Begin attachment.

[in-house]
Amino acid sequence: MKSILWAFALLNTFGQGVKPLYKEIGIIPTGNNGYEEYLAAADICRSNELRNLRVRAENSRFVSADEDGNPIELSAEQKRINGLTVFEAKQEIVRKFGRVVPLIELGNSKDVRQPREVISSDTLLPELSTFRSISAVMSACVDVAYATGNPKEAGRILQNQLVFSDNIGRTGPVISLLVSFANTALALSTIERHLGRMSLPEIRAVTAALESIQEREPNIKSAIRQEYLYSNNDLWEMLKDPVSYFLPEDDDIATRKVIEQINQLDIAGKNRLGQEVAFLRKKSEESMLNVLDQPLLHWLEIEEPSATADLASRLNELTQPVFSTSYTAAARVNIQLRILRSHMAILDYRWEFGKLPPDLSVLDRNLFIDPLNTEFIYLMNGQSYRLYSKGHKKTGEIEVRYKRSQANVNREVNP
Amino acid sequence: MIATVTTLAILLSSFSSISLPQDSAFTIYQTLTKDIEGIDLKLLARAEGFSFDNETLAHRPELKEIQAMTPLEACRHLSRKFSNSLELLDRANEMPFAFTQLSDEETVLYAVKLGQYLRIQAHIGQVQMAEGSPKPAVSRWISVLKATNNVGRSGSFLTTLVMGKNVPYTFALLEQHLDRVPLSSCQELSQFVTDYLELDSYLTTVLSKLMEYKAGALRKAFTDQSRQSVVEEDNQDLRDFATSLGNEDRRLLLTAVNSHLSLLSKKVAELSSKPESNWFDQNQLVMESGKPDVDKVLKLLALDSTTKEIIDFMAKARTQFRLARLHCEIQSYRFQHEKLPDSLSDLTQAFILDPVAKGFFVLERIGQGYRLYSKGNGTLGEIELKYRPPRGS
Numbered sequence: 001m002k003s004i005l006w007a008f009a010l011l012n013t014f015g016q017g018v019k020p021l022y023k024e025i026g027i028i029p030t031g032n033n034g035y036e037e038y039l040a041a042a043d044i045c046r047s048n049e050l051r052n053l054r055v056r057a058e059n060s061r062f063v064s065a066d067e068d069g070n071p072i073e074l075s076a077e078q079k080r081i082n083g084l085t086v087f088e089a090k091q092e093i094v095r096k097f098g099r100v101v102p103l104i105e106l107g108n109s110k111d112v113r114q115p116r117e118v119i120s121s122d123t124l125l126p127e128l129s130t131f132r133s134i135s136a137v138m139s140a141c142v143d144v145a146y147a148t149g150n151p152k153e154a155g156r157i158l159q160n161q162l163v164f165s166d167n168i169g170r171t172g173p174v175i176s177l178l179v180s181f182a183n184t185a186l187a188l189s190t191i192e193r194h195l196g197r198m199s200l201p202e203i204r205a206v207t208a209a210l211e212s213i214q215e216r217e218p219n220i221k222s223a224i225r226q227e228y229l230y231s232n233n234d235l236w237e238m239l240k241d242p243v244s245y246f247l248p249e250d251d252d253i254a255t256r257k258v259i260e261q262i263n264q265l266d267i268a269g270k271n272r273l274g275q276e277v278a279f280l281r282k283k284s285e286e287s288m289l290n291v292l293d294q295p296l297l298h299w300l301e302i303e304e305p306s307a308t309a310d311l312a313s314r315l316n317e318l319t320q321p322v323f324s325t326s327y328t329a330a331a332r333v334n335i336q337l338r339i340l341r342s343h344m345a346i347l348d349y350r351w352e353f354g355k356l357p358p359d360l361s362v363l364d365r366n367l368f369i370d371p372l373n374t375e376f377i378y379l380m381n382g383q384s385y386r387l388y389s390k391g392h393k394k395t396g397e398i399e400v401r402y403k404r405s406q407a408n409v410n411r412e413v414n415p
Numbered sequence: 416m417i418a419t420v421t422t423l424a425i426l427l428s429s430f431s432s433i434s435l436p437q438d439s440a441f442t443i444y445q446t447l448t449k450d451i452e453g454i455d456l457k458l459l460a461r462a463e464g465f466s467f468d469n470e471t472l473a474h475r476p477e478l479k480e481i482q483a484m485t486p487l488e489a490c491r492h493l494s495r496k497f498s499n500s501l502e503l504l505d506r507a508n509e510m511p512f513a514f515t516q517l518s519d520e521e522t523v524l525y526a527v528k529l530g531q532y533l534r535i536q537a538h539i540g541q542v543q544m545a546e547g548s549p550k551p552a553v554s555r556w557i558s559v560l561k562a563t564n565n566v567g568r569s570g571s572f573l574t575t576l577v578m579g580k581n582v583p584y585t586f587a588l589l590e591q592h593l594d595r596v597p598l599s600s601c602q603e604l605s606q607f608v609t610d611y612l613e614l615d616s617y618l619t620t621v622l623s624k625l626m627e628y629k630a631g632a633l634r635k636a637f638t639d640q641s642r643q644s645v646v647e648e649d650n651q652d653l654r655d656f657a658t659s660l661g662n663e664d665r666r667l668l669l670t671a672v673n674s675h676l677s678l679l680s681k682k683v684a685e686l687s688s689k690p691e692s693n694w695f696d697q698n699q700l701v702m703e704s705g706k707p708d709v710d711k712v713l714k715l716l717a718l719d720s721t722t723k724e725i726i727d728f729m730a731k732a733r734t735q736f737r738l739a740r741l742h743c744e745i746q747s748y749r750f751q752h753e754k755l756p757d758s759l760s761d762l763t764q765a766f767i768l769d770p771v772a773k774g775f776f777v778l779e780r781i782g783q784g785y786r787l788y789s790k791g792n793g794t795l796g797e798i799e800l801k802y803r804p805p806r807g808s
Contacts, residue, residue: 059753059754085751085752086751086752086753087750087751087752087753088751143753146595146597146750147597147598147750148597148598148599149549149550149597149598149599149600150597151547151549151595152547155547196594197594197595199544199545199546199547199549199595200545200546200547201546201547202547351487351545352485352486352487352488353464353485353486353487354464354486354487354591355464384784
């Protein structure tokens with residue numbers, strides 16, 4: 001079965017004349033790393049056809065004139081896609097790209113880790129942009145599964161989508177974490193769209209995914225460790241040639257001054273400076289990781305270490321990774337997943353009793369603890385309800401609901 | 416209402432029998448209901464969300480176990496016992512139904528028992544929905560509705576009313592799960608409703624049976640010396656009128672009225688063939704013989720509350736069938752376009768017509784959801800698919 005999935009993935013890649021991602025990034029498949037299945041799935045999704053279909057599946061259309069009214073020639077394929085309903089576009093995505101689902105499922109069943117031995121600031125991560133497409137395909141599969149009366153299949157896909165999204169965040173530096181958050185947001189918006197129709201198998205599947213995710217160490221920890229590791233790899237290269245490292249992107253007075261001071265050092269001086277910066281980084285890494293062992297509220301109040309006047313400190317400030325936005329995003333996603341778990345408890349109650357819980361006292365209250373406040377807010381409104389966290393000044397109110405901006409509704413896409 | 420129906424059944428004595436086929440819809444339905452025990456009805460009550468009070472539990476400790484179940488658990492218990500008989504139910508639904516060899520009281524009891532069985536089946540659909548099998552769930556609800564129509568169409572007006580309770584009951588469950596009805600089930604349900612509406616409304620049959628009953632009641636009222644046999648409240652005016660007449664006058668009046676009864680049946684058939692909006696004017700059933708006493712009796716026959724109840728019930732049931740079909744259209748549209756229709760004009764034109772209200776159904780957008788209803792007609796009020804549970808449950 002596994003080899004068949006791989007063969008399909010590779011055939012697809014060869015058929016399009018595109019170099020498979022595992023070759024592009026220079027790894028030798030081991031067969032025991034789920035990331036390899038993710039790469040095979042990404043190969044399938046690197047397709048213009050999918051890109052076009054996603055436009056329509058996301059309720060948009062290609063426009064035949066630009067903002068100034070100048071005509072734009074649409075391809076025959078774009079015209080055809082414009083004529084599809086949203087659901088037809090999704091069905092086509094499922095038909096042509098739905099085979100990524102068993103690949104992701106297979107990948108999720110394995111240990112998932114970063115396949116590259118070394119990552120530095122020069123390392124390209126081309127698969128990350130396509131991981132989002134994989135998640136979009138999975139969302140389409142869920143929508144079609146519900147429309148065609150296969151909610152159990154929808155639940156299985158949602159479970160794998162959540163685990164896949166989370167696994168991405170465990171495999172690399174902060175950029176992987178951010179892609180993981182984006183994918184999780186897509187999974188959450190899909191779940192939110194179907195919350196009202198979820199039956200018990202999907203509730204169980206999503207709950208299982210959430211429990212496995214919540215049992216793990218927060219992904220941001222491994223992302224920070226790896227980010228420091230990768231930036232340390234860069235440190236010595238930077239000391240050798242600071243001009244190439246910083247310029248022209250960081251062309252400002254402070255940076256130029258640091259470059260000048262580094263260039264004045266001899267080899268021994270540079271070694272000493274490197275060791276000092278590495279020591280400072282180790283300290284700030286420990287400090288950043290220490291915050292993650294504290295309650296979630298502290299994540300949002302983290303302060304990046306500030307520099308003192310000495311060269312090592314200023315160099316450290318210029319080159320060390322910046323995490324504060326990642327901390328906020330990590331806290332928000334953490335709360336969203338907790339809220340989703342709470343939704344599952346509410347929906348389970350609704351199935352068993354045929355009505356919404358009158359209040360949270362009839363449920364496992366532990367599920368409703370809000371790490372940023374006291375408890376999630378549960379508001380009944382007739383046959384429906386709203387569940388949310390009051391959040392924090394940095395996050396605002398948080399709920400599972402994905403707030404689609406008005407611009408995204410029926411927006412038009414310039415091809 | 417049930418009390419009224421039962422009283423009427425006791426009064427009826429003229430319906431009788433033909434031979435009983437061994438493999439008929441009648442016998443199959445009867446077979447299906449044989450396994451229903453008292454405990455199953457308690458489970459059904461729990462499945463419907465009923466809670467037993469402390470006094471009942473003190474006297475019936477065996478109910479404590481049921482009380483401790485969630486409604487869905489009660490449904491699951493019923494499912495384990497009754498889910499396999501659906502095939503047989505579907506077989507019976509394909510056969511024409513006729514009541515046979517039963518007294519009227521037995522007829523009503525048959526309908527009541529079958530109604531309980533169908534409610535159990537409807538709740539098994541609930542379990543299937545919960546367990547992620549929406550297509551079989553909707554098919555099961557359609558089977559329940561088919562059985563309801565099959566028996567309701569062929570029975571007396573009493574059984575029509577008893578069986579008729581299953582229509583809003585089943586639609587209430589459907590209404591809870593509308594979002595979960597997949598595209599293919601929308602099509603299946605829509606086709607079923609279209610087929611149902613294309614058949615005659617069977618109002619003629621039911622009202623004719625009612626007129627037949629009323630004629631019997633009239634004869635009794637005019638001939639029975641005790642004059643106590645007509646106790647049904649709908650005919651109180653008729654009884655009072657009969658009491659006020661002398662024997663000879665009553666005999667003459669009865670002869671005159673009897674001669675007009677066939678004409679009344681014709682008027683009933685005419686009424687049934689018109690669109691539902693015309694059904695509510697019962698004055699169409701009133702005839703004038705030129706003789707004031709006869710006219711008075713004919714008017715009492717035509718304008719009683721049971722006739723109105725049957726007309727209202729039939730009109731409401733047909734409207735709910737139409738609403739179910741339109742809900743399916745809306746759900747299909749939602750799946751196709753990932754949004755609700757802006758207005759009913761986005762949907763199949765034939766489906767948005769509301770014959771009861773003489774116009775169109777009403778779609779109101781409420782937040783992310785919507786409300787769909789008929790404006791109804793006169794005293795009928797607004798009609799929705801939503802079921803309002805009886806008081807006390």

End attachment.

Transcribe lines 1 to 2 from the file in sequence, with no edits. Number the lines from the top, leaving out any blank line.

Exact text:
[in-house]
Amino acid sequence: MKSILWAFALLNTFGQGVKPLYKEIGIIPTGNNGYEEYLAAADICRSNELRNLRVRAENSRFVSADEDGNPIELSAEQKRINGLTVFEAKQEIVRKFGRVVPLIELGNSKDVRQPREVISSDTLLPELSTFRSISAVMSACVDVAYATGNPKEAGRILQNQLVFSDNIGRTGPVISLLVSFANTALALSTIERHLGRMSLPEIRAVTAALESIQEREPNIKSAIRQEYLYSNNDLWEMLKDPVSYFLPEDDDIATRKVIEQINQLDIAGKNRLGQEVAFLRKKSEESMLNVLDQPLLHWLEIEEPSATADLASRLNELTQPVFSTSYTAAARVNIQLRILRSHMAILDYRWEFGKLPPDLSVLDRNLFIDPLNTEFIYLMNGQSYRLYSKGHKKTGEIEVRYKRSQANVNREVNP